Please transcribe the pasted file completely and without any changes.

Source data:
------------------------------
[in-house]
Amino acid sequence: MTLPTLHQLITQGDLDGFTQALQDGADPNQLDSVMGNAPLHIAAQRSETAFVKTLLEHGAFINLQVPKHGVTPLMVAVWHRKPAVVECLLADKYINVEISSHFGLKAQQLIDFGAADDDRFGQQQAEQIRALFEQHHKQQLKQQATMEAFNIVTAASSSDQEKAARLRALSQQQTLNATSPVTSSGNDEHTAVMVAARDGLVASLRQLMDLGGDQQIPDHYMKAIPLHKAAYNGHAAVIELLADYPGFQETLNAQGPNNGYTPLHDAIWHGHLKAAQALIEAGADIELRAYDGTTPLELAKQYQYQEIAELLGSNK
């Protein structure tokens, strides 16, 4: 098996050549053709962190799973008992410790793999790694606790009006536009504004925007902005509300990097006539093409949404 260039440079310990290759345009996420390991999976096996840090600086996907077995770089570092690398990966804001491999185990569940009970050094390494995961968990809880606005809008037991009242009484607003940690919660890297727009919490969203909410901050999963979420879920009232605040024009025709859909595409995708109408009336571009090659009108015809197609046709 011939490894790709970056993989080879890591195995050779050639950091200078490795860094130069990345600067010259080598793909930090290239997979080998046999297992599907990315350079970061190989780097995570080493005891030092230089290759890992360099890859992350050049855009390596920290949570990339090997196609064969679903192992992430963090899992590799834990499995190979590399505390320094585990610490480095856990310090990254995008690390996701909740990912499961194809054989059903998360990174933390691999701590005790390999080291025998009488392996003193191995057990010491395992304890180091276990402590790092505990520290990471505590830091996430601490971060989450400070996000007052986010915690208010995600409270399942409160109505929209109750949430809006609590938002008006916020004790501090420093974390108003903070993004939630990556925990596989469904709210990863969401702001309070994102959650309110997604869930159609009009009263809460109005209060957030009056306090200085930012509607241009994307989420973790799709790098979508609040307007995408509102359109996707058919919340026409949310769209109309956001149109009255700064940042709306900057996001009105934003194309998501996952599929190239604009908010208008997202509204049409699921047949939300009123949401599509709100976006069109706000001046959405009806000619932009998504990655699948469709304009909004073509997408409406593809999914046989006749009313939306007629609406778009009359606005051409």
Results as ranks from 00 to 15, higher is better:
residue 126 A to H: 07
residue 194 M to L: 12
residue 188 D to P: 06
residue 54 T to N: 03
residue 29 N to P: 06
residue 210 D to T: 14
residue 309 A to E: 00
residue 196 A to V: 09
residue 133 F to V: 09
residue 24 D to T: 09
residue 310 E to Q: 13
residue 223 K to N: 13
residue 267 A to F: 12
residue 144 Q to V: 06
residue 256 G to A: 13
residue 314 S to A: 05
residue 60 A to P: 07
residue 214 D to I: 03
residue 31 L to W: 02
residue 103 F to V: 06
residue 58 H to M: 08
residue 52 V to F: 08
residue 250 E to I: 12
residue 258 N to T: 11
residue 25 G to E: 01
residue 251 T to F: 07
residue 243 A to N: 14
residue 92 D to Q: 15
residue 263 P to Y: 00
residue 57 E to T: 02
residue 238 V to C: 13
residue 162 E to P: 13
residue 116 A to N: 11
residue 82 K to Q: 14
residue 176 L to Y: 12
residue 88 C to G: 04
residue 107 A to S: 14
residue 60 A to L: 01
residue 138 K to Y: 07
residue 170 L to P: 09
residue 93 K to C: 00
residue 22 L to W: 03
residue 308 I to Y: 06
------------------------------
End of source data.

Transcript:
[in-house]
Amino acid sequence: MTLPTLHQLITQGDLDGFTQALQDGADPNQLDSVMGNAPLHIAAQRSETAFVKTLLEHGAFINLQVPKHGVTPLMVAVWHRKPAVVECLLADKYINVEISSHFGLKAQQLIDFGAADDDRFGQQQAEQIRALFEQHHKQQLKQQATMEAFNIVTAASSSDQEKAARLRALSQQQTLNATSPVTSSGNDEHTAVMVAARDGLVASLRQLMDLGGDQQIPDHYMKAIPLHKAAYNGHAAVIELLADYPGFQETLNAQGPNNGYTPLHDAIWHGHLKAAQALIEAGADIELRAYDGTTPLELAKQYQYQEIAELLGSNK
């Protein structure tokens, strides 16, 4: 098996050549053709962190799973008992410790793999790694606790009006536009504004925007902005509300990097006539093409949404 260039440079310990290759345009996420390991999976096996840090600086996907077995770089570092690398990966804001491999185990569940009970050094390494995961968990809880606005809008037991009242009484607003940690919660890297727009919490969203909410901050999963979420879920009232605040024009025709859909595409995708109408009336571009090659009108015809197609046709 011939490894790709970056993989080879890591195995050779050639950091200078490795860094130069990345600067010259080598793909930090290239997979080998046999297992599907990315350079970061190989780097995570080493005891030092230089290759890992360099890859992350050049855009390596920290949570990339090997196609064969679903192992992430963090899992590799834990499995190979590399505390320094585990610490480095856990310090990254995008690390996701909740990912499961194809054989059903998360990174933390691999701590005790390999080291025998009488392996003193191995057990010491395992304890180091276990402590790092505990520290990471505590830091996430601490971060989450400070996000007052986010915690208010995600409270399942409160109505929209109750949430809006609590938002008006916020004790501090420093974390108003903070993004939630990556925990596989469904709210990863969401702001309070994102959650309110997604869930159609009009009263809460109005209060957030009056306090200085930012509607241009994307989420973790799709790098979508609040307007995408509102359109996707058919919340026409949310769209109309956001149109009255700064940042709306900057996001009105934003194309998501996952599929190239604009908010208008997202509204049409699921047949939300009123949401599509709100976006069109706000001046959405009806000619932009998504990655699948469709304009909004073509997408409406593809999914046989006749009313939306007629609406778009009359606005051409």
Results as ranks from 00 to 15, higher is better:
residue 126 A to H: 07
residue 194 M to L: 12
residue 188 D to P: 06
residue 54 T to N: 03
residue 29 N to P: 06
residue 210 D to T: 14
residue 309 A to E: 00
residue 196 A to V: 09
residue 133 F to V: 09
residue 24 D to T: 09
residue 310 E to Q: 13
residue 223 K to N: 13
residue 267 A to F: 12
residue 144 Q to V: 06
residue 256 G to A: 13
residue 314 S to A: 05
residue 60 A to P: 07
residue 214 D to I: 03
residue 31 L to W: 02
residue 103 F to V: 06
residue 58 H to M: 08
residue 52 V to F: 08
residue 250 E to I: 12
residue 258 N to T: 11
residue 25 G to E: 01
residue 251 T to F: 07
residue 243 A to N: 14
residue 92 D to Q: 15
residue 263 P to Y: 00
residue 57 E to T: 02
residue 238 V to C: 13
residue 162 E to P: 13
residue 116 A to N: 11
residue 82 K to Q: 14
residue 176 L to Y: 12
residue 88 C to G: 04
residue 107 A to S: 14
residue 60 A to L: 01
residue 138 K to Y: 07
residue 170 L to P: 09
residue 93 K to C: 00
residue 22 L to W: 03
residue 308 I to Y: 06